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02principleofphotographyandimaging-181110150543

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Lecture 2: Principles of
Photography & Imaging
© 2019 Dr. Sarhat M Adam
BSc in civil Engineering
Msc in Geodetic Surveying
PhD in Engineering Surveying & Space Geodesy
Note – Figures and materials in the slides may be the authors own work or
extracted from internet websites, Materials by Duhok or Nottingham
universities staff and their slides, author's own knowledge, or various internet
image sources and books.
Introduction
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Photography, which means “drawing with light,”
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Idea originated long before cameras.
◼
Ancient Arab observed it in their tents.
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Children observe it in their childhood.
d1
Fig01
Introduction
◼
In 1700 , French artist used the idea in the figure for drawing
object.
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In 1839, the French Louis Daguerre made a pinhole box to capture
photograph without an artist.
◼
Many improvements have been made, but the basic principles of
image capturing remained essentially unchanged.
◼
The modern innovation technology of imaging is Digital Camera.
Fundamentals Optics
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Film and digital cameras have lens which depend upon optical
elements.
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Optics has two branches
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Physical Optics
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Lights travel through a transmitting
medium such as air in a series of
electromagnetic waves emanating
from a point source.
◼
Can be visualized as a group of
concentric circles expanding or
radiating away from a light source.
Fig02
Fundamentals Optics
◼
Light wave has frequency, amplitude, and wavelength.
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Frequency: number of waves pass a point in a unit of time.
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Amplitude: height of the crest or depth of the trough.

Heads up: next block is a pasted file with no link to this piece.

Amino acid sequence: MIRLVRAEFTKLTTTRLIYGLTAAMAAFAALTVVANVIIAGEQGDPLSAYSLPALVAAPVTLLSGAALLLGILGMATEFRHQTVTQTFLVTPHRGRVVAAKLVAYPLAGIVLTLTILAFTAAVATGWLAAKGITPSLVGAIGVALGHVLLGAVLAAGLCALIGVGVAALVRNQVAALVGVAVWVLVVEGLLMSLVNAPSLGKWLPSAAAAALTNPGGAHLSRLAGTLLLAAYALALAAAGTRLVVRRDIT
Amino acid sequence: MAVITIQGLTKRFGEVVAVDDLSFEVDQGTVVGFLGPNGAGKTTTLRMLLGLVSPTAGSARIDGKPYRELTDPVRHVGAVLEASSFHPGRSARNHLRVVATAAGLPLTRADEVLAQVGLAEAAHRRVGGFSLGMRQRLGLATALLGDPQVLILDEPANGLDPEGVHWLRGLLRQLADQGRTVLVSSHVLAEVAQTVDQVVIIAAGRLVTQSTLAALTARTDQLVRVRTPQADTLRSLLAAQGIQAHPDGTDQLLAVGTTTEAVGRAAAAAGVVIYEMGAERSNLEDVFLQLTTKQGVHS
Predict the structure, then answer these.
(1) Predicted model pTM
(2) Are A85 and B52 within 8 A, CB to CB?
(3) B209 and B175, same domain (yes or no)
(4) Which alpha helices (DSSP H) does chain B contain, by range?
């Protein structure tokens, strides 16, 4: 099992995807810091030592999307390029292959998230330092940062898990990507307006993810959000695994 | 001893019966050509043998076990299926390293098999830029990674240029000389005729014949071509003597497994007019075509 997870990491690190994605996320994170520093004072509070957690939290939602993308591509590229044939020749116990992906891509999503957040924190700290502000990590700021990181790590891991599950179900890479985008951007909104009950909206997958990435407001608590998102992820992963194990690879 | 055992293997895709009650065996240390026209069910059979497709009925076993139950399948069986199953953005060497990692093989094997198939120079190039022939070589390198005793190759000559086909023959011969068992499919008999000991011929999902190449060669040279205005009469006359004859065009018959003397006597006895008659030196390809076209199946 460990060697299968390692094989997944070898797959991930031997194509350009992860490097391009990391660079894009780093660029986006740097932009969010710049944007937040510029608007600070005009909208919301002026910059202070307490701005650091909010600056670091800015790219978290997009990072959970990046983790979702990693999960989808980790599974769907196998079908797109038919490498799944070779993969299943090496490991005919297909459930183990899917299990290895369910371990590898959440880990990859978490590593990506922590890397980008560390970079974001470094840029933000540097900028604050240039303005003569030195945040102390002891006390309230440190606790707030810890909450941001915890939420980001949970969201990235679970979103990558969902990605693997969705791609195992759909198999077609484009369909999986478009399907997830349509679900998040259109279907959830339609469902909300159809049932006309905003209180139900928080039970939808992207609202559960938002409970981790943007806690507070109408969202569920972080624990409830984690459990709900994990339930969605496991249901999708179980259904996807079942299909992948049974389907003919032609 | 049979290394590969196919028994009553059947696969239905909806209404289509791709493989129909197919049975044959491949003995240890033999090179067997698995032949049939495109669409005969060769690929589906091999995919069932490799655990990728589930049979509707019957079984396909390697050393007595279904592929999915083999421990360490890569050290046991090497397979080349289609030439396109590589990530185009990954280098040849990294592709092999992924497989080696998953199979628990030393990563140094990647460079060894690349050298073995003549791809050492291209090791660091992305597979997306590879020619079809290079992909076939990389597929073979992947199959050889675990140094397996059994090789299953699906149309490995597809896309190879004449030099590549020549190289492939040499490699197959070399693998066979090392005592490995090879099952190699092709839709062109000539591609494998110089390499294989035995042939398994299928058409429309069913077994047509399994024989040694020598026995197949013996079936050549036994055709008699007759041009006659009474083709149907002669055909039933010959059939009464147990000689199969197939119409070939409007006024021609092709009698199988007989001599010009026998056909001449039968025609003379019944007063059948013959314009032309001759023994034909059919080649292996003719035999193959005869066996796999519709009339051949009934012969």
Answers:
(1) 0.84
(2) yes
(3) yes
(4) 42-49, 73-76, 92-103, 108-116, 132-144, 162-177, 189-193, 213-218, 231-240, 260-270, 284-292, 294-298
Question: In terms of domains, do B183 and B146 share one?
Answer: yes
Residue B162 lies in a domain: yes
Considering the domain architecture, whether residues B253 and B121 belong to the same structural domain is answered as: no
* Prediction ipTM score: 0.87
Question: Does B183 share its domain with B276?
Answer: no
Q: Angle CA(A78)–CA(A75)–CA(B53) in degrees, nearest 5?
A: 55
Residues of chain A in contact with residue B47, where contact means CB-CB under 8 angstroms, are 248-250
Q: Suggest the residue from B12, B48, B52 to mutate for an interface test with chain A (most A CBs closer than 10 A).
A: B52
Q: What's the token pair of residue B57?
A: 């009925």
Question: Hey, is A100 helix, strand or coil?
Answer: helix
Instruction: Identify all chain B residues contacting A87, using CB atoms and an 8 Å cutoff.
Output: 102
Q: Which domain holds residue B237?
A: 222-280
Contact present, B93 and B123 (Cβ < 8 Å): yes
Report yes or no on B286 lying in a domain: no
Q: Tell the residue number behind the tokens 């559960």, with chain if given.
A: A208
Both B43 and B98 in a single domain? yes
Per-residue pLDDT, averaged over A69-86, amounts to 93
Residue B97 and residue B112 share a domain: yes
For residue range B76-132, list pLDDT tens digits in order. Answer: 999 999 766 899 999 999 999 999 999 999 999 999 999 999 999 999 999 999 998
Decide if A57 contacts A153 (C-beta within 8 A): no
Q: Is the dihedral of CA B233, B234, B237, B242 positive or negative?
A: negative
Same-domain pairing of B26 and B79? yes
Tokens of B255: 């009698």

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Wavelength: distance of full cycle.
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V is velocity, in units m/s
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f: frequency, in cycles/s or hertz
Λ: wavelength, in m
Fig03
light moving at the rate of 2.99792458 × 108 (m/s) in a vacuum.
Fundamentals Optics
◼
Fig04
Bundle of rays emanating from a point source in accordance with
the concept of geometric optics.
Refraction of light rays
Fig05
• n & n′ are refractive index of the 1st & 2nd medium, respectively.
• Angles φ & φ′ are measured from the normal to the incident and
refracted rays, respectively.
Fundamentals Optics
◼
Light rays may change directions by reflection.
◼
When a light ray strikes a highly polished metal mirror, it is
reflected so that the angle of reflection φ′′ = incidence angle φ.
Fig06
(a) First-surface mirror demonstrating the angle of incidence φ and angle of refection
φ′′ (b) back-surfaced mirror.
Lenses
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Simple lens is optical glass with two or one spherical surface.
◼
To gather light rays and bring them to focus at opposite side.
◼
Act like tiny pinhole allows a single light ray from each object
point to pass.
◼
Tiny hole of diameter d1 of the pinhole camera illustrated in F